# Thread: bitwise shift operators in -ve numbers

1. ## bitwise shift operators in -ve numbers

hi,
Can anyone explain.....how the compiler computes the output for this ????
insert
Code:
```int main()
{
printf("%x\n",-1>>4);
}```
according to me....-1 is represented as

1000 0000 0000 0000 0000 0000 0000 0001
High order bits lower order bits

I am using microsoft VC++ compiler so int occupies 4 bytes.

so when u right shift by 4 it should display 0.

But it displays ffff....

Can anyone explain how.....????

Regards,
Rohit

2. according to me....-1 is represented as

1000 0000 0000 0000 0000 0000 0000 0001
High order bits lower order bits
Your assumption is false. In C, either a one's or two's complement representation is used (not sign and magnitude, if I remember correctly), so the 32 bit representation of -1 in binary would either be:
1111 1111 1111 1111 1111 1111 1111 1110
or:
1111 1111 1111 1111 1111 1111 1111 1111

EDIT:
Oh, I did not remember correctly: sign and magnitude representation is allowed, but your implementation most likely uses two's complement anyway.

3. You have the negative numbers back to front. A negative number is indeed beginning with 1, but the "formula" for createing a negative number is "invert all bits, then add one" [1], which makes -1 the same as "all ones".

[1] This is ONE of several techniques, called "two's complement", which is by far the most common method. It makes addition and subtraction of negative numbers fairly easy.

--
Mats

4. Originally Posted by laserlight
Your assumption is false. In C, either a one's or two's complement representation is used <snip}
Is that actually defined in the C standard, or just "by convention C uses ...". I personally haven't ever used a machine that uses one's complement, never mind any other variation of negative numbers.

--
Mats

5. Is that actually defined in the C standard, or just "by convention C uses ...". I personally haven't ever used a machine that uses one's complement, never mind any other variation of negative numbers.
It is defined, or rather, the options for representing signed integers are enumerated.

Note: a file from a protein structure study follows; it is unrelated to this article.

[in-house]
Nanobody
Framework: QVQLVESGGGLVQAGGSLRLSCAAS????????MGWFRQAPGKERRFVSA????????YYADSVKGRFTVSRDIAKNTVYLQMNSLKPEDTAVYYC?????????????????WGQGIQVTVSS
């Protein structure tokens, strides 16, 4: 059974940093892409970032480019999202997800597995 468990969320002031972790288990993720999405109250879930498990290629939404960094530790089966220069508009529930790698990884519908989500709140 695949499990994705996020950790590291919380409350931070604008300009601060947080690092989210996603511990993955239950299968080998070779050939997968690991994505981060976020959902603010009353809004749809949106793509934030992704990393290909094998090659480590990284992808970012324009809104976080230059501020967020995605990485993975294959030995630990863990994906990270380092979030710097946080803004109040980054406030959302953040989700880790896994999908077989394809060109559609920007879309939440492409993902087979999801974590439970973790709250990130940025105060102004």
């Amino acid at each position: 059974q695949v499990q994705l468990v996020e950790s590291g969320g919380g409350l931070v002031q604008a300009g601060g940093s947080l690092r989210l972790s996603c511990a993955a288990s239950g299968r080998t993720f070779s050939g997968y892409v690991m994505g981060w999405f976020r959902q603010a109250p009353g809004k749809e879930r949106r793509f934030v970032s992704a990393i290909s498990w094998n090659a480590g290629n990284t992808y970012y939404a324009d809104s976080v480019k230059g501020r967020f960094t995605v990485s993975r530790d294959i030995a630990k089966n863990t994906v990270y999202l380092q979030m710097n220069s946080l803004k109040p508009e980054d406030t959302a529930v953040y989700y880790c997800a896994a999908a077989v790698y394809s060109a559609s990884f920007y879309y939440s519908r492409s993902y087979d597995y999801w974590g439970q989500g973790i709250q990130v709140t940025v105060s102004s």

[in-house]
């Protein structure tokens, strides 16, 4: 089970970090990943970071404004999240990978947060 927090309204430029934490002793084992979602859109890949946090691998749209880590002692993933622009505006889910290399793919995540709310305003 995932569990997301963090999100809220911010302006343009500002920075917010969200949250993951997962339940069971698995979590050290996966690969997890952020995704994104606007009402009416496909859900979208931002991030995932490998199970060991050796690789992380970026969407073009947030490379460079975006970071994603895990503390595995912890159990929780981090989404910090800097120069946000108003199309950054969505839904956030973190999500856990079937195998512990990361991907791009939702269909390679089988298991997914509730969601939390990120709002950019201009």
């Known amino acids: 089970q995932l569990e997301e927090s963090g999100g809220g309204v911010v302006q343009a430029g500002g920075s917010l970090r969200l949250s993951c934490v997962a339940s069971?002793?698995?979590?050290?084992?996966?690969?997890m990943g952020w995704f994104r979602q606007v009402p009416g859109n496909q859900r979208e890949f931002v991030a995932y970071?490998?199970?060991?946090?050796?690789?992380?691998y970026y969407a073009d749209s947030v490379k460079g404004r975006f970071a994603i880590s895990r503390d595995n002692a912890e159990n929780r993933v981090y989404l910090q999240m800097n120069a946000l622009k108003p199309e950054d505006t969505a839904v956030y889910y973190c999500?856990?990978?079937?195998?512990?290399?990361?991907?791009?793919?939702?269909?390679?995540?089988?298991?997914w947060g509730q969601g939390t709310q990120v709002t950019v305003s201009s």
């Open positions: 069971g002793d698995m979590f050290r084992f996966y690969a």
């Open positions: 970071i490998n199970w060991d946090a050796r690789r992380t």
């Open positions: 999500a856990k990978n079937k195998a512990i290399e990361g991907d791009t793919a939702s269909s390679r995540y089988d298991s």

6. hi,
Thanks.But i still don't understand why i get the answer 256 for this program...
insert
Code:
```int main()
{
unsigned char i=0x80;
printf("&#37;d",i<<1);
}```
the decimal equivalent of 0x80 is 128...its bit representation is 1000 0000

when this is left shifted by 1 all the bits will become zero 0000 0000

But i get the output 256....

Can you please explain me how????

7. That is because i << 1 when sent to printf is turned into an int. If you do "i <<= 1" or some other operation where you actually STORE the value as a char.

--
Mats

8. Admittedly, I tend to get confused as well on such things but my guess is that i<<1 returns an int, so indeed 128<<1 gives 256.

9. Originally Posted by laserlight
Admittedly, I tend to get confused as well on such things but my guess is that i<<1 returns an int, so indeed 128<<1 gives 256.
Yes, my first post doesn't explain very well - the expression is "promoted" to integer, because one side is int (1) and the other unsigned char, so the unsigned char is extended to the corresponding unsigned int before the shift is done. Since printf takes any integer type value (less than long) as int, it does never convert back to char.

--
Mats

10. hi,
Thanks great explanation.

Regards,
Rohit

11. >> on negative numbers is implementation-defined.
Sometimes, you get zeros.
Other times, you get the sign bit.

Only one of them is arithmetically equivalent to divide by 2.

12. this is happening because of type promotion in C,
before the shift operation it will convert it to unsigned int than afterword calculation it scale down it in the unsigned or signed char depends on previous nature of object.
because we are using %d is a type specifier so it will print unsigned int value of the operation.